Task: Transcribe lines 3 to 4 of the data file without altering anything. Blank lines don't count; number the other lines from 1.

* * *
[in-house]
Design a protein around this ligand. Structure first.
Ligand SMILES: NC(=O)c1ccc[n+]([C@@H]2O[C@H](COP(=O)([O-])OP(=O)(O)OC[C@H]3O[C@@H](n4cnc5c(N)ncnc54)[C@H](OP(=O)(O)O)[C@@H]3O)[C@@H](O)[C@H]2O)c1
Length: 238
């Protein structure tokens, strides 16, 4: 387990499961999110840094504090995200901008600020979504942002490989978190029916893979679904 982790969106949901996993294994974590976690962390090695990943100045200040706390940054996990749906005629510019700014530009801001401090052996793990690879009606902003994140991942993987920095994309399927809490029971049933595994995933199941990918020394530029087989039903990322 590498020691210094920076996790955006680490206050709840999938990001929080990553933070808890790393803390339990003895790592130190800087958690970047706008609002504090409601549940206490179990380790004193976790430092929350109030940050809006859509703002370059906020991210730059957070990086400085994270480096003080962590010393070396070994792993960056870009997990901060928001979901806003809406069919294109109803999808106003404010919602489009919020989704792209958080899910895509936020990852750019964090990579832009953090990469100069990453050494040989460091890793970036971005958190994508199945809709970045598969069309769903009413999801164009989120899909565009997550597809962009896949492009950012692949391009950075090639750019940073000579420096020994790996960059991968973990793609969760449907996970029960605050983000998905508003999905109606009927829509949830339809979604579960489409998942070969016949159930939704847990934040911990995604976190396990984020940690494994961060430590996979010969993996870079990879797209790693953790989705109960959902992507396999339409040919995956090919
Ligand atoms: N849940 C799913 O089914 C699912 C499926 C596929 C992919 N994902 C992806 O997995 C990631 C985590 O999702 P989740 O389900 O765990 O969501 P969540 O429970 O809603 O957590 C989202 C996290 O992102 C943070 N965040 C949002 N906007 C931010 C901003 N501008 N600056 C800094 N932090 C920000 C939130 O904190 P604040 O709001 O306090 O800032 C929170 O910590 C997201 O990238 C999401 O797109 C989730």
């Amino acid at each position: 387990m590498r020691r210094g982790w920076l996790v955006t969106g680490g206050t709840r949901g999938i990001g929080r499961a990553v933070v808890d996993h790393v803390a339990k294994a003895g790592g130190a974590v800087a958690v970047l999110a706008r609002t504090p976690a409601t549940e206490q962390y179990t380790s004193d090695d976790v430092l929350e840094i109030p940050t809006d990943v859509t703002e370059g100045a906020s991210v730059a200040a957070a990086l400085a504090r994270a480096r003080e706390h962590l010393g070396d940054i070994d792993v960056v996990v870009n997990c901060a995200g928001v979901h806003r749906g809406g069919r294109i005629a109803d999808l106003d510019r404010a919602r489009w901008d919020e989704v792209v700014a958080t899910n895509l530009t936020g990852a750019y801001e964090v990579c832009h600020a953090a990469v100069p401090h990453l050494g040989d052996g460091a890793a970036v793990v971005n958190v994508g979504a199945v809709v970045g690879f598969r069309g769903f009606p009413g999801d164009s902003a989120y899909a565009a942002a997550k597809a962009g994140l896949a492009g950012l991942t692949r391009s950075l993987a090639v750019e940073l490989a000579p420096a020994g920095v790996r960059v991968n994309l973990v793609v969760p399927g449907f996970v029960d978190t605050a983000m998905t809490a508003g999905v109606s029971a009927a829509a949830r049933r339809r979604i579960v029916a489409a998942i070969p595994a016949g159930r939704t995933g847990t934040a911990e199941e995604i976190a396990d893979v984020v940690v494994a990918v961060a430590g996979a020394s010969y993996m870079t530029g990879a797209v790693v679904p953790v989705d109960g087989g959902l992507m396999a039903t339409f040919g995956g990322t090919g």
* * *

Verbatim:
Ligand SMILES: NC(=O)c1ccc[n+]([C@@H]2O[C@H](COP(=O)([O-])OP(=O)(O)OC[C@H]3O[C@@H](n4cnc5c(N)ncnc54)[C@H](OP(=O)(O)O)[C@@H]3O)[C@@H](O)[C@H]2O)c1
Length: 238